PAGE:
If you're talking about the 8820, I beg to differ. I think we view it through rose-colored glasses. The 7720 wasn't that much different from the 8820. I remember watching my dad fix holes in the clean grain elevator and various other wear surfaces that wore clear through the thin tin. My dad also wore out the pickup after just a few years and had to rebuild it. At least a couple of bearings failed every year, and belts broke, and it was quite a difficult job to replace them, given how many belts and chains were on that machine. I remember the cylinder taking pretty serious rock damage, requiring a rebuild. If I recall the 7720 cylinder was made of just stamped steel spider assemblies. Feederhouse tin wore through and the chains certainly didn't last longer than they do today.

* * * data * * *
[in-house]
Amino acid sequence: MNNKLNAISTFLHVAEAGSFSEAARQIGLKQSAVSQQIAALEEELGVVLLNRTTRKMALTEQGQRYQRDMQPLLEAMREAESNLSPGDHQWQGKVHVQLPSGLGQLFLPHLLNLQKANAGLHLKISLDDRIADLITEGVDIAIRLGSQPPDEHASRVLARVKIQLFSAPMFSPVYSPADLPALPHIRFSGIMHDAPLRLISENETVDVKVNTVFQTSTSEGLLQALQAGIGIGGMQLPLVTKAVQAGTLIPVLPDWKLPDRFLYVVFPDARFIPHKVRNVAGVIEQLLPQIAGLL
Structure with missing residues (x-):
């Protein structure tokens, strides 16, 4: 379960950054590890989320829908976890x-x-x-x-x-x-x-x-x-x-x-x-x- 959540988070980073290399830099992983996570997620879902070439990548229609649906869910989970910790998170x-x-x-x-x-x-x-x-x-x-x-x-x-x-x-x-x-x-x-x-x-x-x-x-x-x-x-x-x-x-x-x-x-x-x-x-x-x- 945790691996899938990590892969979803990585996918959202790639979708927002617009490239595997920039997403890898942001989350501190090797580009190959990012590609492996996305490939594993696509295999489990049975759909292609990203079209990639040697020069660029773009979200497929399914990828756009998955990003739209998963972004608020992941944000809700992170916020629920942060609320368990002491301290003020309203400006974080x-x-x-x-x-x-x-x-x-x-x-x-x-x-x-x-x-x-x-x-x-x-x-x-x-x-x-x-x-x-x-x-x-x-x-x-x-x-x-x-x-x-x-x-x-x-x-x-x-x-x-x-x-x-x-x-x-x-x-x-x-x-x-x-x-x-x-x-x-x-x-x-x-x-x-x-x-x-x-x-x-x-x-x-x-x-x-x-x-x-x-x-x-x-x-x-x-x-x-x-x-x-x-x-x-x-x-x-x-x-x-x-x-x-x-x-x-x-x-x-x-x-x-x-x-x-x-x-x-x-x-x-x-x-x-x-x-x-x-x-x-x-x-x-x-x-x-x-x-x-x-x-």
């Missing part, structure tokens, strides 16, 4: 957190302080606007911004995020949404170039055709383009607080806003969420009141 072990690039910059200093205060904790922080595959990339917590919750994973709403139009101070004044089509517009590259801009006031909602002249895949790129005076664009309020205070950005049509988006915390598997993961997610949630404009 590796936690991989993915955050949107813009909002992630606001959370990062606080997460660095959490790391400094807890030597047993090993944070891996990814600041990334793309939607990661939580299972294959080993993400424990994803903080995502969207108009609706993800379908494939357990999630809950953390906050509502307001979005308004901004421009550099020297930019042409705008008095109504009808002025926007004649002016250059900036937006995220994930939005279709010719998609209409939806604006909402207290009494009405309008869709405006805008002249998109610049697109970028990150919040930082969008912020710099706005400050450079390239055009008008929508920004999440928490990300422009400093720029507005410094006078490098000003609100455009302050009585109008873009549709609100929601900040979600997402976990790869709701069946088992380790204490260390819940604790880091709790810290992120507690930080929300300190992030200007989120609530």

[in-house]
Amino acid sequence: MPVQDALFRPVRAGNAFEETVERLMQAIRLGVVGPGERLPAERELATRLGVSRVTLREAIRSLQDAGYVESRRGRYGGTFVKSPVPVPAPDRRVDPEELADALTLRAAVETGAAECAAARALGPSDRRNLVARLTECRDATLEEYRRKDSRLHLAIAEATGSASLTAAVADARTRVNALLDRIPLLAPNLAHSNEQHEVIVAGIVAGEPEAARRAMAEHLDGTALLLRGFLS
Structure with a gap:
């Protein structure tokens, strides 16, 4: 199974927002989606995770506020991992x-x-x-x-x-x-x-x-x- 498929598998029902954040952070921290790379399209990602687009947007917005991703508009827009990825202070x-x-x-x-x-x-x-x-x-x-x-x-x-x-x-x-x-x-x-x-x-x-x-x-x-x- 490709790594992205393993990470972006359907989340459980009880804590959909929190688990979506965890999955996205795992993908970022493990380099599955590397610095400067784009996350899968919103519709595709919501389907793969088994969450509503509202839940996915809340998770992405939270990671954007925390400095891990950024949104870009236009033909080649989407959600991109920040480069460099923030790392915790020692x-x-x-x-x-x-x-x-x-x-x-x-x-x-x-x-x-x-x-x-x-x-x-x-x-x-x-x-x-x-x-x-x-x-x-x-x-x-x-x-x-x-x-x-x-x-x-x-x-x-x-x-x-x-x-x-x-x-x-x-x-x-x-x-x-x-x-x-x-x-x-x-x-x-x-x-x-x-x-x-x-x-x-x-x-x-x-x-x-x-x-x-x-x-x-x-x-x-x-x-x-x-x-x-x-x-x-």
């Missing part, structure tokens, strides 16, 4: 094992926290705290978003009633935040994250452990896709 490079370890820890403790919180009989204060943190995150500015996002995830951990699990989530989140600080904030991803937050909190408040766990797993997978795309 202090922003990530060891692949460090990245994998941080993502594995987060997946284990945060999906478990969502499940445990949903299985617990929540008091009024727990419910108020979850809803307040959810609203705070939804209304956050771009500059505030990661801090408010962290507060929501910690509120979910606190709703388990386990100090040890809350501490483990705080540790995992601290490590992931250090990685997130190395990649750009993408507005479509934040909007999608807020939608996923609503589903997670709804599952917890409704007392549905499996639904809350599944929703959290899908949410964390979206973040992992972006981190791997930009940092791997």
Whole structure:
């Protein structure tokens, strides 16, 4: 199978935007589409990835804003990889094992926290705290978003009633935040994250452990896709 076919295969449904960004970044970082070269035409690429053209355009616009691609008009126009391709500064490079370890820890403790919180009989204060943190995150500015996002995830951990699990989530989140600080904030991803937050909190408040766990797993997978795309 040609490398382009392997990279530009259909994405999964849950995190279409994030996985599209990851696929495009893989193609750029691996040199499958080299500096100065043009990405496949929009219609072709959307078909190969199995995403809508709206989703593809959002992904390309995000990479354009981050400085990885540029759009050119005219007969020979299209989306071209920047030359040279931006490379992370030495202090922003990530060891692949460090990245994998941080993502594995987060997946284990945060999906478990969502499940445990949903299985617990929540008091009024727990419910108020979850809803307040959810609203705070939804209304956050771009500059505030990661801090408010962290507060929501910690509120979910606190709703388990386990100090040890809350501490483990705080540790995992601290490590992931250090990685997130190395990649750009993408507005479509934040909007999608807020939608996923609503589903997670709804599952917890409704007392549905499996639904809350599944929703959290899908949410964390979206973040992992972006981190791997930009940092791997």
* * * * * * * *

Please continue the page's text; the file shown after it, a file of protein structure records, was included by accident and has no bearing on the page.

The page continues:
In my mind that combine ran still ran forever, but if I'm honest, I recall that it was wore out after 7 or 8 seasons. Our current machines seem to wear out fast also, but they each do 2-3 times the work that the 7720 did. They are made of sheet steel that's at least double or triple the thickness of the 7720. I also haven't lost any bearings in several years now; probably about due for one to fail. Haven't had any major breakdowns in several years either, which used to be at least a once a season thing on the 7720. There's no question my current machines are more reliable than our 7720 ever was.
Perhaps the 8820 was a completely better machine.
Last edited by torriem; 06-24-2019 at 03:45 PM.